California just made it easier for inmate firefighters to become professionals, allowing them to have their nonviolent criminal records wiped clean

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Inmate firefighters arrive at the scene of the Water fire, a new start about 20 miles from the Apple fire in Whitewater, California on August 2, 2020. - More than 1,300 firefighters were battling a blaze that was burning out of control August 2 in southern California, threatening thousands of people and homes east of Los Angeles. The so-called Apple Fire that broke out Friday near the city of San Bernardino has so far charred more than 20,000 acres, sending up columns of smoke visible from far away.
  • California Gov. Gavin Newsom signed a bill on Friday that allows formerly incarcerated firefighters to have their nonviolent criminal records expunged.
  • Over 1,200 incarcerated people are currently serving as firefighters in California, paid a couple of dollars per day for their service.
  • "This legislation rights a historic wrong and recognizes the sacrifice of thousands of incarcerated people who have helped battle wildfires in our state," Newsom said in a statement.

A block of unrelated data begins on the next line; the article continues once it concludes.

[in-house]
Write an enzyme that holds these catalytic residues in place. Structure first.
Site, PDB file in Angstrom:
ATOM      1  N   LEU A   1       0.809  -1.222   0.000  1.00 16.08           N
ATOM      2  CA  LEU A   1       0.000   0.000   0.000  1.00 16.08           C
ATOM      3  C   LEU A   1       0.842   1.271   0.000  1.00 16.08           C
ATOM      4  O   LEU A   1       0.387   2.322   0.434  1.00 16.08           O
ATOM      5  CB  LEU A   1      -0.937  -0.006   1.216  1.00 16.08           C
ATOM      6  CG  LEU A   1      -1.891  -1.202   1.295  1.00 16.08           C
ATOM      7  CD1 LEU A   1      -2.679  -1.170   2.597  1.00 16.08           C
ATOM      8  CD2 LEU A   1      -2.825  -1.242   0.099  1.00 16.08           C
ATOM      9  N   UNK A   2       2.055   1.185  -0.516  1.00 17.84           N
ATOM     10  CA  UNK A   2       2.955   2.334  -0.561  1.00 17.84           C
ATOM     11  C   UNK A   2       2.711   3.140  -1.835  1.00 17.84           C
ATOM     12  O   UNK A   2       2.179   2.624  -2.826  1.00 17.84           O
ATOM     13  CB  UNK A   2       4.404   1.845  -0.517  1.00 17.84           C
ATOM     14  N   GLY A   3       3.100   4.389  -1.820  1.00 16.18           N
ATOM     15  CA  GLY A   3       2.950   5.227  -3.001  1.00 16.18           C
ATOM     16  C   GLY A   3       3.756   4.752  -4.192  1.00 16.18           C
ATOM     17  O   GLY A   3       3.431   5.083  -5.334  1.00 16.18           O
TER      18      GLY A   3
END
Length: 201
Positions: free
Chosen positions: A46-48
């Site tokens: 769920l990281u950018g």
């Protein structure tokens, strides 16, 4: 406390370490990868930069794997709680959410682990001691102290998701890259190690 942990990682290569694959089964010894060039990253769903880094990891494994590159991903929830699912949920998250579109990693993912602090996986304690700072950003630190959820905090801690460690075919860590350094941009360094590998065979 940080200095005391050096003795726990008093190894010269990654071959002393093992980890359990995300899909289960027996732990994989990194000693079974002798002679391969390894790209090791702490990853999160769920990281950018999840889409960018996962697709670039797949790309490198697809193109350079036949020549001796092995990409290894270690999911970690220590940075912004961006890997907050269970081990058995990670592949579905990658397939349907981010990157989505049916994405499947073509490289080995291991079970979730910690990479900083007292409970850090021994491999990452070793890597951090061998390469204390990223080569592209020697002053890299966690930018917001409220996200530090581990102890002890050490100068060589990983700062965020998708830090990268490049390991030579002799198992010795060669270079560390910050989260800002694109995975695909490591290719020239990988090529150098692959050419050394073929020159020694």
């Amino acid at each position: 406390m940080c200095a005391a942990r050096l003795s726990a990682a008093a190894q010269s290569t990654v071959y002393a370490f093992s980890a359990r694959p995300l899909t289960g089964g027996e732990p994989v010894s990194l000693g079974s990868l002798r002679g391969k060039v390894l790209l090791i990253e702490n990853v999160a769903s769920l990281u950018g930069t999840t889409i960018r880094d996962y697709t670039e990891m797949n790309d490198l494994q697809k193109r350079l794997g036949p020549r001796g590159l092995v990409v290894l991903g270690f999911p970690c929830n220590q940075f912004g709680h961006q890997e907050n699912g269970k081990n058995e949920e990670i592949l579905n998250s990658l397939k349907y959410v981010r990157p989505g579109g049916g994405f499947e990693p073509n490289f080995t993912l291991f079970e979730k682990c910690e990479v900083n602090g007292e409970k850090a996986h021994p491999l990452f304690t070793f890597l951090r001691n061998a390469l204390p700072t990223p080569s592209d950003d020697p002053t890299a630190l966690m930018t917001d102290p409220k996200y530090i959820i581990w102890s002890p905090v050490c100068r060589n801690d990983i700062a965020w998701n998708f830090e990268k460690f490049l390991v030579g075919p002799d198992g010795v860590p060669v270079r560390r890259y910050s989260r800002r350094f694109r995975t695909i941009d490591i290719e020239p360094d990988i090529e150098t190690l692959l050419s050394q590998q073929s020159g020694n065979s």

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California is making it easier for formerly incarcerated firefighters to go professional, with a new law enabling nonviolent offenders to have their criminal records expunged.

For decades, liberal California has relied on its massive prison population to fight wildfires. Detained men and women are trained on how to fight blazes, sleeping in camps, and earning a couple of dollars a day. But until now they were largely unable to put that experience to use once free.

In a statement on Friday, California Gov. Gavin Newsom announced he was signing a bill, AB 2147, to fix that.

"This legislation rights a historic wrong and recognizes the sacrifice of thousands of incarcerated people who have helped battle wildfires in our state," Newsom said.

Many fire departments reject candidates with a troubled legal past. Under AB 2147, formerly incarcerated people can petition a county court to have that past excised.

"I am thrilled we have this law on the books," Romarilyn Ralston, a formerly incarcerated woman who fought fires while an inmate, told Business Insider. "It is long overdue."

California has more than 1,200 incarcerated firefighters, The Fresno Bee reported, with prisoners helping fight some of the largest fires in state history, a million acres already torched.

"Signing AB 2147 into law is about giving second chances. To correct is to right a wrong; to rehabilitate is to restore," Assemblymember Gomez Reyes, the bill's author, said in a statement. "Rehabilitation without strategies to ensure the formerly incarcerated have a career is a pathway to recidivism."

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